We celebrate as well, St. Marguerite Bourgeoys, the first Canadian Saint, a missionary from France, who when 20 was touched by a glance from a statue of Mary that changed her life.  She became a Sister of Notre Dame and later traveled to Canada to tend to the children of the colonists in "New France." Quickly realizing that cloistered life would not help serve the children, both of the colonists and natives, she worked to establish a non-cloistered group of sisters, which became the Congregation of Notre Dame. She founded schools and established several communities to help children learn both spiritual truths and practical skills.  She and her sisters reached out beyond the confines of the cloister to help, to be of service.
Following her example, we might look for ways we can extend ourselves beyond the normal confines of our daily routine in order to provide help where it is needed.
Bro Rene

Wednesday, January 11, 2017

Why He Came

After curing Peter's mother-in-law, Jesus spent the evening curing all the sick and possessed that the townspeople brought to him.  With a only a short night's  sleep, he rose early to be alone in a deserted place to pray, but Simon and others found him told him that people were looking for him.  He responded, "Let us go on to the nearby villages that I may preach there also.  For this purpose have I come." (Mk 1: 38).  Preach he did, also driving out demons and healing the sick.  How his love moved him to raise people from the dust of disease and demon-possession, self-disgust, fear, ingratitude and selfishness.
His love continues to reach us and lift us out of that same dust. May we allow him to pick us up in a binding embrace and fuse our hearts with his so that his love will cast out our fears and problems and fill us with his own life, love and happiness.  He knows us through and through, even in that awful place between the proverbial frying pan and fire where there seems to be no human solution, except to turn to him and let him do what he came to do: fill us with his love and save us from all evil.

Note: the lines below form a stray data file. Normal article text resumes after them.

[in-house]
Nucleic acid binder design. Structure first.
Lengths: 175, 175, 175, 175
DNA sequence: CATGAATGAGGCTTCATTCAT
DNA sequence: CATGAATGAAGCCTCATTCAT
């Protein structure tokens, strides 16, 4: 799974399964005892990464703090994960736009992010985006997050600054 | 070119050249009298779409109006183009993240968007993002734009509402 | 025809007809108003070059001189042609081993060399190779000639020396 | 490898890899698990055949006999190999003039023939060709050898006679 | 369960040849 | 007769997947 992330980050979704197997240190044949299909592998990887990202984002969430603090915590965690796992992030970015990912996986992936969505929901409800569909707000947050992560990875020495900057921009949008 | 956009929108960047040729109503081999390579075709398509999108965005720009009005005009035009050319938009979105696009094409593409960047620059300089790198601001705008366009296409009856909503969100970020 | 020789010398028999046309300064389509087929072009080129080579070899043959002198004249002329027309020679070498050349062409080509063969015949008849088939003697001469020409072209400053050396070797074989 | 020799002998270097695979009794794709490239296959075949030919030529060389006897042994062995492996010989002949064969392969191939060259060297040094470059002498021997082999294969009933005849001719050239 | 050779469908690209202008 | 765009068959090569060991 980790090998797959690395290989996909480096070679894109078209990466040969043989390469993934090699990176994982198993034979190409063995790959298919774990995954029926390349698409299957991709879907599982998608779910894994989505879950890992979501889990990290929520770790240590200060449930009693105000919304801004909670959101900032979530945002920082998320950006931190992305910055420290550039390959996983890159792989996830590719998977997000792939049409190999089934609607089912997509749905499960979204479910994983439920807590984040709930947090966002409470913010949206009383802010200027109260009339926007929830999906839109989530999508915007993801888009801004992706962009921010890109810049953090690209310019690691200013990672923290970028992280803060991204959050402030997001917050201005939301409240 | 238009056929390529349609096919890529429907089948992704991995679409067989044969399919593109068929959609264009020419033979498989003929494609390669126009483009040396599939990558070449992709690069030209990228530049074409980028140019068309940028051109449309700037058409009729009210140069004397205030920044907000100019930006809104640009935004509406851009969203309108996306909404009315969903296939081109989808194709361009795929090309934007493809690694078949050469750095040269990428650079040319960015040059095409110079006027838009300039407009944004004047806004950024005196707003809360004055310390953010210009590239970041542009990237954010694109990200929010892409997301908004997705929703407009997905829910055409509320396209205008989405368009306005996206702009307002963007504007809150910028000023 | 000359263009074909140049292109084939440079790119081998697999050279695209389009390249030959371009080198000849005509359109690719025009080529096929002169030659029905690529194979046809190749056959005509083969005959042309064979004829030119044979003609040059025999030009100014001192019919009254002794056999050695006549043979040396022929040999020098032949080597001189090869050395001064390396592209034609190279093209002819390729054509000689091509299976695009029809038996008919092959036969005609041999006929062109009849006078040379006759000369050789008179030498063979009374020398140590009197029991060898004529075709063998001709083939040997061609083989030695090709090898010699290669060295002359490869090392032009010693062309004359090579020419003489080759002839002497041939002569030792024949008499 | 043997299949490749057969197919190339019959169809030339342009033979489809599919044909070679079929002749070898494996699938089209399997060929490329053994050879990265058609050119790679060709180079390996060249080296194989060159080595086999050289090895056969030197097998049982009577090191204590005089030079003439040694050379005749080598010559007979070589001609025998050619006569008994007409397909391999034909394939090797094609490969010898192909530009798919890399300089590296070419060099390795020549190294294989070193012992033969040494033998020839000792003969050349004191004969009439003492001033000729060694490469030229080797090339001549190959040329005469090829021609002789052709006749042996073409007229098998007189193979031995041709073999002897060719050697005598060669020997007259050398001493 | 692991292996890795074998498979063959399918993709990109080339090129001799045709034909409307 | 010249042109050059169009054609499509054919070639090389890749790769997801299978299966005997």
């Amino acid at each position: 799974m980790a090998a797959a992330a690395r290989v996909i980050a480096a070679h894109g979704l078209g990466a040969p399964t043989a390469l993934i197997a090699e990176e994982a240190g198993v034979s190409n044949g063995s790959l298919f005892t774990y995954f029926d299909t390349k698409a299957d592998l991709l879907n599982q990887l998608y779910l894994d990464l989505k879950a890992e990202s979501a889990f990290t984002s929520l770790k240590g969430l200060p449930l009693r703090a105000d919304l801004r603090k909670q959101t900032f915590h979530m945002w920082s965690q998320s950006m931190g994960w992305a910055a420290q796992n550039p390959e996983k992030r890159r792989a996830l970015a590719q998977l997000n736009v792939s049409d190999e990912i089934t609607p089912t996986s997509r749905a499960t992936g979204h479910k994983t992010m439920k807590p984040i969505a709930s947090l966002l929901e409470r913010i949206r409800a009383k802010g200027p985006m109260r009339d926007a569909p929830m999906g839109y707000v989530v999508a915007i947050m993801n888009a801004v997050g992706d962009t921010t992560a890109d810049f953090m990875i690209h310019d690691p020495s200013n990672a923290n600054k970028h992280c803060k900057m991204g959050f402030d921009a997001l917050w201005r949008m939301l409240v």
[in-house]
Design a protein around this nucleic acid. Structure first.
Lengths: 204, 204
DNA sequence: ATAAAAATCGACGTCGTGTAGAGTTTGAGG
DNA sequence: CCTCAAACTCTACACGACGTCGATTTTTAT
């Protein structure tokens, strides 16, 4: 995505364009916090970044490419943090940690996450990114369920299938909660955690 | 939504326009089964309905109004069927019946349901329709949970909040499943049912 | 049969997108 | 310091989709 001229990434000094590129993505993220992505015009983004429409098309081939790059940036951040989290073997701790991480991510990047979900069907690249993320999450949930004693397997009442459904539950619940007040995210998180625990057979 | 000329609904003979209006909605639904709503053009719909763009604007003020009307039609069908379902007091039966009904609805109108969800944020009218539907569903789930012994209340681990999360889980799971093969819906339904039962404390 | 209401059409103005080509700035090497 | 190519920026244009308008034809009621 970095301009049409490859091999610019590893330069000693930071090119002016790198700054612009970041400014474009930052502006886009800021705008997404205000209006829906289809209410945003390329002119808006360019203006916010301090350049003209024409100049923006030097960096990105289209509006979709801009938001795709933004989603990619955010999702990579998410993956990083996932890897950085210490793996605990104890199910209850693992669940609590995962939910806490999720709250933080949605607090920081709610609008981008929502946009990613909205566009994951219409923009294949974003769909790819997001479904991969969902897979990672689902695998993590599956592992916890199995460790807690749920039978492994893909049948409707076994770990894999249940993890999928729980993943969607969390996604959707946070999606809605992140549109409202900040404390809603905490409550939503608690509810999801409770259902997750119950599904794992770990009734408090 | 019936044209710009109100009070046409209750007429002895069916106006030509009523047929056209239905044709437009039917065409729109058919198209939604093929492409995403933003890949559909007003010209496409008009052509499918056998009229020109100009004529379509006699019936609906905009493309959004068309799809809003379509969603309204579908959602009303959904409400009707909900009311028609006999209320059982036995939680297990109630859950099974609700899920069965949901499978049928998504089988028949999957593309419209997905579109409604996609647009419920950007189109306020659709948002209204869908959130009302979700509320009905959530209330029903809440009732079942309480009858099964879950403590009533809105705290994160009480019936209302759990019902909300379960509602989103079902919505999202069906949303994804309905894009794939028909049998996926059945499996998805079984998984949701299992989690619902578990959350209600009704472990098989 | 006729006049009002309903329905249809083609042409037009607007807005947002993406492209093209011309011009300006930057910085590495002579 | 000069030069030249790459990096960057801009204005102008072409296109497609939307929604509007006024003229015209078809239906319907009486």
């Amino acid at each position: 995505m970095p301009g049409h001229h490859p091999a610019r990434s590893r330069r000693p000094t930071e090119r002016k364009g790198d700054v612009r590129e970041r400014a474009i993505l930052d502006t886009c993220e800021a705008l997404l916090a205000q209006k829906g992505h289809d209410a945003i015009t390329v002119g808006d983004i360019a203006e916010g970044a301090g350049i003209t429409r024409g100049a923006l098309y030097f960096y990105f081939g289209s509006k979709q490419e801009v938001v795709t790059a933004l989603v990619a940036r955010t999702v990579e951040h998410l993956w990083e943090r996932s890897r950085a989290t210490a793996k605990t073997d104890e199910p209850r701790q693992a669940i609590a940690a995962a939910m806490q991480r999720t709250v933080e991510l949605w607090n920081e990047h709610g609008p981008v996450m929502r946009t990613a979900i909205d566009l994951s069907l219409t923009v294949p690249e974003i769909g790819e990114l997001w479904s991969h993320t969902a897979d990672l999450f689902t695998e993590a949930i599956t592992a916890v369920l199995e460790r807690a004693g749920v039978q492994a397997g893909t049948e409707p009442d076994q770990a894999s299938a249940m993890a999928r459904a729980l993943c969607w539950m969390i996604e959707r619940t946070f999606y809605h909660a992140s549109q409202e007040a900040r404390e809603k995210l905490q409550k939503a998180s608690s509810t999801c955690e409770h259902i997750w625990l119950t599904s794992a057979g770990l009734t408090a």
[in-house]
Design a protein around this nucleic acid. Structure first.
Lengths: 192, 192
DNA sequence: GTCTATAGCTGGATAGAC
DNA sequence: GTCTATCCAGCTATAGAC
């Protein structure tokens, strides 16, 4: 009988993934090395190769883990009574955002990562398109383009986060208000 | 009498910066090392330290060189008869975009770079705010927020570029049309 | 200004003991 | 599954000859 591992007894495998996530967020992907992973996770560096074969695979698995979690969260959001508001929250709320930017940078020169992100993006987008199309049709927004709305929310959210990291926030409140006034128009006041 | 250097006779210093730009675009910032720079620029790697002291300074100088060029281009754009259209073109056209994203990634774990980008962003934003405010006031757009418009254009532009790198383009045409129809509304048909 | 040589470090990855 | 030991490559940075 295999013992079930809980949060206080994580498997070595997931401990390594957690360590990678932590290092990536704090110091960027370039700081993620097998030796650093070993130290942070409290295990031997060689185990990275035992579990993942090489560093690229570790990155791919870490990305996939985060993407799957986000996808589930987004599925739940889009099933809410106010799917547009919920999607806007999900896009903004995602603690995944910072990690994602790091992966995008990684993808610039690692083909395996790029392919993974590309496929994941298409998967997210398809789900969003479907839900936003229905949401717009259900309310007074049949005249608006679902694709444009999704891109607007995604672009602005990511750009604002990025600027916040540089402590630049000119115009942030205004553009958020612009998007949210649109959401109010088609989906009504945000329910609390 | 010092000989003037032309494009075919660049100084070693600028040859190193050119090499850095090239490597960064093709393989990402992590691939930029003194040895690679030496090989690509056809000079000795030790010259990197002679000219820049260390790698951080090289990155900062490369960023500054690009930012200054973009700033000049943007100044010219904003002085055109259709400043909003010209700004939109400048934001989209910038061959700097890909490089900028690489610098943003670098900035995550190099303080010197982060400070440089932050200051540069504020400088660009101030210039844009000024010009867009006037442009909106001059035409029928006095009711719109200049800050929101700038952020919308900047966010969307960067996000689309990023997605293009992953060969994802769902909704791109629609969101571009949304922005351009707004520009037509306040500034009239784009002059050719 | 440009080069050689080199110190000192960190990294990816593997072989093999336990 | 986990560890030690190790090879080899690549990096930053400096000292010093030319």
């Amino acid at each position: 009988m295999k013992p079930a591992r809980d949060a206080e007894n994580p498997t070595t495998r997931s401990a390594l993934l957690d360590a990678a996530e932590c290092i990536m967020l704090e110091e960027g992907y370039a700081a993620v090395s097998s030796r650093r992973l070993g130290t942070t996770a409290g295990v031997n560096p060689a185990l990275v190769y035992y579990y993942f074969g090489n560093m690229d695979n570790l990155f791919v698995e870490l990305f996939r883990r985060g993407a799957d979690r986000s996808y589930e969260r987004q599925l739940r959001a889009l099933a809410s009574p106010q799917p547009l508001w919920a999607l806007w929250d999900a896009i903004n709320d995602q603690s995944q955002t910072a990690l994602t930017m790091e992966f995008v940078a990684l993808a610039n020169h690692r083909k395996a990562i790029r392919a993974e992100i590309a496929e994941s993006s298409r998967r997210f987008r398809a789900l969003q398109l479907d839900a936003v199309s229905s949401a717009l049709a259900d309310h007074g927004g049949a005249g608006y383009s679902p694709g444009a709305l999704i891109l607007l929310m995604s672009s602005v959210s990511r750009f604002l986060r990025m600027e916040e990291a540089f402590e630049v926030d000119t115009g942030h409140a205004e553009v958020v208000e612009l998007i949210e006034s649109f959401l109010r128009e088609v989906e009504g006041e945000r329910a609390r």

Bro. Rene

Tuesday, January 10, 2017

Teaching With Authority

We begin Ordinary Time with an extraordinary tale of Jesus as he began his public ministry.  He taught in the synagogue in Capernaum on the Sabbath and astonished the people with his teaching, "for he taught them as one having authority and not as the scribes." (Mk 1: 21).  He even drove an unclean spirit out of a man in the presence of all.  "All were amazed" as this time  he acted "with authority. He commands even the unclean spirits and they obey him." (Mk 1: 27)  Because of this authority, his fame spread throughout Galilee.  A good beginning but one which eventually led to a clash with another authority, that of the Scribes and Pharisees. 
His boldness in speaking and acting the way he did came from an understanding and appreciation of his identity as God's Son and the embracing of his mission to speak in God's behalf, not simply as an ambassador, but as God himself.  He raised the bar high for us, his followers, and there have been myriads who have striven to carry on his mission by daring to speak with his authority.  The Church's mission, guaranteed by the presence of the Holy Spirit, continues to preach with authority, not always popular, but faithful to the truth, 2000 years after Jesus.  May we stand firm in our convictions, our actions and words to continue this witness to the Authority of God.
Bro. Rene